In mid-April, Apple and Qualcomm called a halt on their lengthy wrangle over patent royalties. The knock-on effects have been felt in China, where the government has been trying to loosen the US semiconductor giant’s grip on mobile chip technology.
The estimates are that Apple will pay about $7.50 per phone in royalties as a result of the truce and Qualcomm will once more become Apple’s sole supplier of mobile phone chips.
In doing so, it displaces Intel, which Apple had brought in to provide competition after accusing Qualcomm of monopolistic pricing practices. In turn Qualcomm had accused Apple of infringing its patents by passing on core technology to help Intel.
Yet Intel’s relative inexperience in smartphone chip design threatened Apple’s ability to launch 5G phones at the same pace as rivals Huawei and Samsung, forcing it back towards Qualcomm.
Qualcomm has argued with Huawei about a similar issue since the Chinese giant stopped royalty payments in April 2017. An interim deal was agreed in January and analysts expect that the truce with Apple should see Qualcomm push for a fuller settlement with Huawei too.
Qualcomm is still being watched closely by regulators. The European Union fined it €1 billion last year for antitrust behaviour over the way it charged royalties and a US judge is evaluating a Federal Trade Commission proposal along similar lines. Both actions followed in the footsteps of the Chinese government, which fined Qualcomm $975 million in 2015 for antitrust behaviour and forced it to start working with domestic chip companies.
The entity that resulted from this settlement was Huaxintong Semiconductors (HXT): a joint venture that Qualcomm established with the Guizhou provincial government in 2016.
Qualcomm took a 45% stake in HXT, which was tasked with designing advanced server chips. As we wrote in WiC358, the plan looked like one of the Chinese government’s fabled ‘win-win situations’. The Guizhou authorities were building a reputation as the province to base cloud computing centres in, drawing on its cheaper electricity and cooler climate. And the idea was that HXT would design the chips that power the servers going into all the data centres.
For Qualcomm the JV had upside in helping to diversify its product range and compete head on with Intel in this chip category. However, just as Intel has struggled to break Qualcomm’s stranglehold over mobile chips, Qualcomm has found it difficult to make a dent in Intel’s dominant market share for semiconductors for servers.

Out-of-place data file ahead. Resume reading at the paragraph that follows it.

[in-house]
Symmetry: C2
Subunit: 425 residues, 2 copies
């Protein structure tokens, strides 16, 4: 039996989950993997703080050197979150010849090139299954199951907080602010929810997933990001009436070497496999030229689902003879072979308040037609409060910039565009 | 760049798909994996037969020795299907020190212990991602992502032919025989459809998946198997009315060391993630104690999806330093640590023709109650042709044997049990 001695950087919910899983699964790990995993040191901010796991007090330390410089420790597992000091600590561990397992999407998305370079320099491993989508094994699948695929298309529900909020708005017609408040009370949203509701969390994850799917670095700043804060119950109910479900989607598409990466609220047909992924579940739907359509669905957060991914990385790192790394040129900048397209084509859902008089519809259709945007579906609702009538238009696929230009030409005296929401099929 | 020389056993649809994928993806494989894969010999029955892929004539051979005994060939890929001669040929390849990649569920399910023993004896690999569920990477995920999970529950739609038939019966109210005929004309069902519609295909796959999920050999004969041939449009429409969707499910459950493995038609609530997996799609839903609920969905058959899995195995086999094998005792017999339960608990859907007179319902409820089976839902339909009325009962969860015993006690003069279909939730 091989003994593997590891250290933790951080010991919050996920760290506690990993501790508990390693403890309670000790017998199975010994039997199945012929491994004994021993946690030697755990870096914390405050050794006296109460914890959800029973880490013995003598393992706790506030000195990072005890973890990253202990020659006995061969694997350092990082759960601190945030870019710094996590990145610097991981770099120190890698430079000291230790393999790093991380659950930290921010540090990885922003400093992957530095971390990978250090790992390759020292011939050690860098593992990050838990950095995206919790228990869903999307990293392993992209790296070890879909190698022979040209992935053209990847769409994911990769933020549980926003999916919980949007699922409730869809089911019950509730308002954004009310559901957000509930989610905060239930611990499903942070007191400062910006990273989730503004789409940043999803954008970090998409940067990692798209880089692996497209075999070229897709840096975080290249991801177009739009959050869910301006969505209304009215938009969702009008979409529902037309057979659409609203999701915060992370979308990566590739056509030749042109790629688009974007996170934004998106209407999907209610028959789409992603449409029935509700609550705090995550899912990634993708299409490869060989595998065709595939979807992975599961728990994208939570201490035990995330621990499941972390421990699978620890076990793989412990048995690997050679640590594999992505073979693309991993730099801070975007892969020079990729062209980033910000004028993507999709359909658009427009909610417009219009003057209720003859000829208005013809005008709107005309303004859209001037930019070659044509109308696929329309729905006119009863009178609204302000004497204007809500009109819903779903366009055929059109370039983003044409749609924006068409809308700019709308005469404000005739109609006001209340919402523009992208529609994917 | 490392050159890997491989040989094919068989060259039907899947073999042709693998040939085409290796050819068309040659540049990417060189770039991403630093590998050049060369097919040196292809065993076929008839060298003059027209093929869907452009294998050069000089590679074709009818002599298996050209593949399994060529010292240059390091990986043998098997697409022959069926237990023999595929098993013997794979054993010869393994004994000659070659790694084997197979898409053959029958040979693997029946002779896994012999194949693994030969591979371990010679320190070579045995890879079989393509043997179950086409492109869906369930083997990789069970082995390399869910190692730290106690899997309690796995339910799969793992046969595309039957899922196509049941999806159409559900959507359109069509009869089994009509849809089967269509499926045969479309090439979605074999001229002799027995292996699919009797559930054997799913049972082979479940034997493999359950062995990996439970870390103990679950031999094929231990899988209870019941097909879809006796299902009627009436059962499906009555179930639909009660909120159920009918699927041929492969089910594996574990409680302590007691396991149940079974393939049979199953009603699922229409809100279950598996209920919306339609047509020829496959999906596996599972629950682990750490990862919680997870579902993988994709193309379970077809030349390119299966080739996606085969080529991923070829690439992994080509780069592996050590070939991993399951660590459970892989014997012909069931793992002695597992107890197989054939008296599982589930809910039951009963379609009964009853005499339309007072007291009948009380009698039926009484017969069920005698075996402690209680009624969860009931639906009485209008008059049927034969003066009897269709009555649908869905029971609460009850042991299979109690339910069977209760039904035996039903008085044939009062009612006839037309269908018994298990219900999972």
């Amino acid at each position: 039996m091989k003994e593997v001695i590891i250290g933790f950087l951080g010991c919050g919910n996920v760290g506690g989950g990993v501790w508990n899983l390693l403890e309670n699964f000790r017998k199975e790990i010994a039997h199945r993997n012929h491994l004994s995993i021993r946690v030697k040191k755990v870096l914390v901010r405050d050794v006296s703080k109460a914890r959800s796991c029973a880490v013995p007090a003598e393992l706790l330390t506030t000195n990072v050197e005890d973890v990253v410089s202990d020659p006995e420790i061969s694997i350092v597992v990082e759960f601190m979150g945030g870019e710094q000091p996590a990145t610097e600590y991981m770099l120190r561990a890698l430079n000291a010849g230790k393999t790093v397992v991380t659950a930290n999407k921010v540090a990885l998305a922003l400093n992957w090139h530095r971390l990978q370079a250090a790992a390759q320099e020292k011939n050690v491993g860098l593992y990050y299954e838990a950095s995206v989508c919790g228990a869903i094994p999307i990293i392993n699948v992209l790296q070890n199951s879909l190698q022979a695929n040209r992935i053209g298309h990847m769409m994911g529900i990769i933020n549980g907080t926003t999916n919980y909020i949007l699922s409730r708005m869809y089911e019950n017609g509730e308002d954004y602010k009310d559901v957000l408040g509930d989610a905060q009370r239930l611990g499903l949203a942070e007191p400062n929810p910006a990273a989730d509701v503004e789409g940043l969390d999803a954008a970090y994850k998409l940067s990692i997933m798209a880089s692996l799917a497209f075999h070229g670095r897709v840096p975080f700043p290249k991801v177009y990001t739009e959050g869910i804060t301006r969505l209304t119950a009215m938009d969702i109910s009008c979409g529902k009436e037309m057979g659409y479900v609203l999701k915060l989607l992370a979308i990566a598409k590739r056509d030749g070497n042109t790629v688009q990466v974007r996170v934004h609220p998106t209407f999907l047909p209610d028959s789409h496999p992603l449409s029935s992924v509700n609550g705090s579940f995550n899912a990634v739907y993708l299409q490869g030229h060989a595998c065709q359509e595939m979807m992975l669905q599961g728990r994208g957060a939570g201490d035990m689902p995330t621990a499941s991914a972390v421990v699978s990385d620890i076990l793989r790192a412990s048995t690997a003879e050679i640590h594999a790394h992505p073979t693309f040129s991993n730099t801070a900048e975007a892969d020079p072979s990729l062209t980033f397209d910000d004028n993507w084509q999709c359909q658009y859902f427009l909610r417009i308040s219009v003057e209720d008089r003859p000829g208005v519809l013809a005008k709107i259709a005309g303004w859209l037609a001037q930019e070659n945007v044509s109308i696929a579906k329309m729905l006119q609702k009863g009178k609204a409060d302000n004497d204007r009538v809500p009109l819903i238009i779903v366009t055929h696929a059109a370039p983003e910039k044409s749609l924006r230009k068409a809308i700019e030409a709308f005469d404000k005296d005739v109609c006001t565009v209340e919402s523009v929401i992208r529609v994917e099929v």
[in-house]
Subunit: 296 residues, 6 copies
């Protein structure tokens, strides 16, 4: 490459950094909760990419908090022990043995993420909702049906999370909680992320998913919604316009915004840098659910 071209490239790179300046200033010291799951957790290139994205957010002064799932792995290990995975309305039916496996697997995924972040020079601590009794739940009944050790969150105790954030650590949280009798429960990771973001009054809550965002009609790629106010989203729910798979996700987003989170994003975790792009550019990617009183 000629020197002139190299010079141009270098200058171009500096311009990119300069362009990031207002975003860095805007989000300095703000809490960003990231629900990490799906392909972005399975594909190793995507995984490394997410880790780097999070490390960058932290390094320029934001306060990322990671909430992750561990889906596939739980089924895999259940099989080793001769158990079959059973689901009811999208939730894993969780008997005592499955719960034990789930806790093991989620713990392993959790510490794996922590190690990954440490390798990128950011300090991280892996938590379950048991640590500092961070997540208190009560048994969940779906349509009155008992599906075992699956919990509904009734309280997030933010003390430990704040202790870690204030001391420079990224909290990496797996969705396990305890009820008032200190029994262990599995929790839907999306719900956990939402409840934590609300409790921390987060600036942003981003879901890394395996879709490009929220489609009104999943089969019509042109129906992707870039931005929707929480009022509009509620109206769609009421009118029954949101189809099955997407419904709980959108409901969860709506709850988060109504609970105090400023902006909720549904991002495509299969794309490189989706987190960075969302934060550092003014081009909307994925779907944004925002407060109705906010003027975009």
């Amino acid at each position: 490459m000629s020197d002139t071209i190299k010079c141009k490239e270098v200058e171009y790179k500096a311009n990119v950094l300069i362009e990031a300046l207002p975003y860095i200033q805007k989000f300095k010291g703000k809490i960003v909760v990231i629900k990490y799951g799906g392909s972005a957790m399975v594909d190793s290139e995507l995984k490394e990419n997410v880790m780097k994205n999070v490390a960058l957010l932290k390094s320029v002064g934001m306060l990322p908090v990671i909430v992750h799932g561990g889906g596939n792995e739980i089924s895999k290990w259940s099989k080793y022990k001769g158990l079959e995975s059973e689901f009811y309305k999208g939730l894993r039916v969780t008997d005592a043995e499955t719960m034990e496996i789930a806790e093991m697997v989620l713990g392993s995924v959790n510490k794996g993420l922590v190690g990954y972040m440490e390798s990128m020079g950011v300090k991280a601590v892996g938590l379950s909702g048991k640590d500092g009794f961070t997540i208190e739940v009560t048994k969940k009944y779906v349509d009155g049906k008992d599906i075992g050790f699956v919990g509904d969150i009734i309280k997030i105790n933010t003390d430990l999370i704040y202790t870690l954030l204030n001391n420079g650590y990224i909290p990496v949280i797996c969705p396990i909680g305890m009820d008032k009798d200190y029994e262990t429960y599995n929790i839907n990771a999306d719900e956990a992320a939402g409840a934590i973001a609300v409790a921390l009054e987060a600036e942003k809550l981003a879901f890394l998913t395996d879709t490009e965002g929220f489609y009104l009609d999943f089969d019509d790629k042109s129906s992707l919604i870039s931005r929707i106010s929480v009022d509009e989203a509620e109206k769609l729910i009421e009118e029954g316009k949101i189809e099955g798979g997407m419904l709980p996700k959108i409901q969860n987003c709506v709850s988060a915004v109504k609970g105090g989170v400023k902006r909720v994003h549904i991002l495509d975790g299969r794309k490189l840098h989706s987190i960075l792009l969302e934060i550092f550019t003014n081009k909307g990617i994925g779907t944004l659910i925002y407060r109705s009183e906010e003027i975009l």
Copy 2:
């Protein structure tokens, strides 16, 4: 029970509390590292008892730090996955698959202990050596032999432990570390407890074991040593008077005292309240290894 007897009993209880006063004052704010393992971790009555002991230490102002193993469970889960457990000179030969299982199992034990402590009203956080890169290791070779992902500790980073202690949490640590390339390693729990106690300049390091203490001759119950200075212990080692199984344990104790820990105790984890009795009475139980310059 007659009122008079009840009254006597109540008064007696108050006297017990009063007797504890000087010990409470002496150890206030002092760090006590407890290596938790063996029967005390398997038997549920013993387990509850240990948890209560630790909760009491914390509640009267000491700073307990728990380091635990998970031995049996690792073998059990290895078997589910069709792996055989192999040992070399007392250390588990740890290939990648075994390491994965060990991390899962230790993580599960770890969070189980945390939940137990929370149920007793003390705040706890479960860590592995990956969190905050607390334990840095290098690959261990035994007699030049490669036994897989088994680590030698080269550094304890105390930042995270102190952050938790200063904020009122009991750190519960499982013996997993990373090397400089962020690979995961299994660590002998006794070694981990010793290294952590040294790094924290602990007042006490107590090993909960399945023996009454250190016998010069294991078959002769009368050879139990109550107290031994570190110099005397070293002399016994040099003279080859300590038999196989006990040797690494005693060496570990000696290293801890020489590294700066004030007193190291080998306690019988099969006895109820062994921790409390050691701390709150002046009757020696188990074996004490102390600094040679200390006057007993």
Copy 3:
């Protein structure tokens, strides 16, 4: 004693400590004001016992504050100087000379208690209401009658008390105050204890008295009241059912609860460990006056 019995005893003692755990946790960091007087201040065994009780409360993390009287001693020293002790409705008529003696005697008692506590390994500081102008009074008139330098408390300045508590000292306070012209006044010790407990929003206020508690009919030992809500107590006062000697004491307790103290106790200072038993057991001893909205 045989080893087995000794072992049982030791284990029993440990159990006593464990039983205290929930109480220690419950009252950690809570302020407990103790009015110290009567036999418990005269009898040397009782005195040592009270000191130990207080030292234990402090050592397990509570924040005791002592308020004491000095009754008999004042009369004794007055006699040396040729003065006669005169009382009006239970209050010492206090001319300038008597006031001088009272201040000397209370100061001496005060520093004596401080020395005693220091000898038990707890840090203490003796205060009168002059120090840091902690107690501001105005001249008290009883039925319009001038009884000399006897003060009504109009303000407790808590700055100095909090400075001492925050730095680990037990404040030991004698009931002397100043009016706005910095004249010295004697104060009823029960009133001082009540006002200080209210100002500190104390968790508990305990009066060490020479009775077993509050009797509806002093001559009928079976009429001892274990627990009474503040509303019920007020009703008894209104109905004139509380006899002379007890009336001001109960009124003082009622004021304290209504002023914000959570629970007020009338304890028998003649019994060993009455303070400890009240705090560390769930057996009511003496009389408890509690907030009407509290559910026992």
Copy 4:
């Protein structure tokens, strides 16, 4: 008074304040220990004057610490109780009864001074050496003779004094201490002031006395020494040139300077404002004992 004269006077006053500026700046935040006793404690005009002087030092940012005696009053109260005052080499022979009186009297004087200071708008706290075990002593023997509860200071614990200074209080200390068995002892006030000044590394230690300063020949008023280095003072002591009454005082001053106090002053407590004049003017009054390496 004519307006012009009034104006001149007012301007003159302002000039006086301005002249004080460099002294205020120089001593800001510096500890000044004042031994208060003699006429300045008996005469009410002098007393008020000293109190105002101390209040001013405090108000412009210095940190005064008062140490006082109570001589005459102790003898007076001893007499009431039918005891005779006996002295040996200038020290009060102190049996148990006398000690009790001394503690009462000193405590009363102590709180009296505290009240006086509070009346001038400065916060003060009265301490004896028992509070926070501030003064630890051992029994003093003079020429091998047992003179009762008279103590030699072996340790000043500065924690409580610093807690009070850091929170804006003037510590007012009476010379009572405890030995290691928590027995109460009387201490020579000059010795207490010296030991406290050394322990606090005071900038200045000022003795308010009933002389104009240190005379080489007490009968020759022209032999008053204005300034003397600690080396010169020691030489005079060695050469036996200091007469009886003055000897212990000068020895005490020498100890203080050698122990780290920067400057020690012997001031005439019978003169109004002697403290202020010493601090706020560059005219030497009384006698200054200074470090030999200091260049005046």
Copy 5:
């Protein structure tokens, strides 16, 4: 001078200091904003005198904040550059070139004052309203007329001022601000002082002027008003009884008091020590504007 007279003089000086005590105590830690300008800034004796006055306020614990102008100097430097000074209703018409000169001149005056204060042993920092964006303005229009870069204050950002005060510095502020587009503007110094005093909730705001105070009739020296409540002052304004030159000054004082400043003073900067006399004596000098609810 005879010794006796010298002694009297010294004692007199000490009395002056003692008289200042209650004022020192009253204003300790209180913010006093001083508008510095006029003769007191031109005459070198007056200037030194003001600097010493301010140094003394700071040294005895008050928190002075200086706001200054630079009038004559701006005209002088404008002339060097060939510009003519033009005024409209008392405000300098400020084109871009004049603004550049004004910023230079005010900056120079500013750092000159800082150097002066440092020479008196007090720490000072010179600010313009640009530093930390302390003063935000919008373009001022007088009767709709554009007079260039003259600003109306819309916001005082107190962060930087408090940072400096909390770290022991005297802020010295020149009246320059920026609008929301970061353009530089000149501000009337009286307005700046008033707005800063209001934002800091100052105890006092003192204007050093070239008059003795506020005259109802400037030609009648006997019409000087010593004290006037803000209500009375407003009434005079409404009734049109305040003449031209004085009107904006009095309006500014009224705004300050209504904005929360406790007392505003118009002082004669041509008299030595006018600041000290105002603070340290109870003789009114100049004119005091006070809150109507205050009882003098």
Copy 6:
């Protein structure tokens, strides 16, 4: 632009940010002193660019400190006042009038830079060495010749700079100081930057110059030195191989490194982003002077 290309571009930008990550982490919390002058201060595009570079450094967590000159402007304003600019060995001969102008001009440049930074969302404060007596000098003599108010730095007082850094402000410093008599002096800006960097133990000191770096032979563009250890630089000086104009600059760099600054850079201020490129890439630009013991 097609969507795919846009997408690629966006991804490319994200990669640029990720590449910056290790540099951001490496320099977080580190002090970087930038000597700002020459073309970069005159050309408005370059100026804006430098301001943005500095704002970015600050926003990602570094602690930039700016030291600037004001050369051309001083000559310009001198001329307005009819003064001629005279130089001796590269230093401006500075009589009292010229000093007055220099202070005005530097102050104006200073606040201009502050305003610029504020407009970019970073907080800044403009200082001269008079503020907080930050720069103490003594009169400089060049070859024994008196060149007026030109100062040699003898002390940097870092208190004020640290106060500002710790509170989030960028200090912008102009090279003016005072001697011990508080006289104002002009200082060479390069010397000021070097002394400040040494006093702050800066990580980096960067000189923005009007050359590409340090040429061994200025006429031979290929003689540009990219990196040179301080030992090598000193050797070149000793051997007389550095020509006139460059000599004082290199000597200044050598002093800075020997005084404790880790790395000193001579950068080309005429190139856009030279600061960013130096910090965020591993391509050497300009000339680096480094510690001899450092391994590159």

That meant analysts weren’t too surprised when the server chip business was one of the first casualties of Qualcomm’s efforts to rein in costs in the face of its multiple legal battles, as well as a hostile takeover attempt from Singapore-based Broadcom last year.
Last December it was reported that Qualcomm was firing most of the employees working in its data centre business. HXT pledged to carry on regardless as it had just started mass production of its Thang Long 4,800 server processor. However, The Information reported last month that HXT would also shut down by the end of April.
As a blogger on Baijiahao concluded: “The JV was a goner the moment that Qualcomm announced it was no longer in the server chip business.”
Qualcomm still has another joint venture in China, JLQ Technology, which it set up in 2017. The partnership with Datang and two local private equity groups focuses on designing lower-end chips for smartphones. It was also established in Guizhou, but is switching its base to western China’s tech hub, Chengdu.
Qualcomm’s mixed messages on its partnership strategy may signal a more cautious approach to being seen as aligning with the Made in China 2025 campaign, which has drawn fire from overseas as an aggressive, state-backed industrial strategy. However, at least one local party is unhappy with the tie-up with JLQ on smartphone chips. That’s Tsinghua Unigroup, which has argued that the JLQ initiative is a spoiling tactic to impede the growth of its own Spreadtrum Communications, which operates in the same segment.
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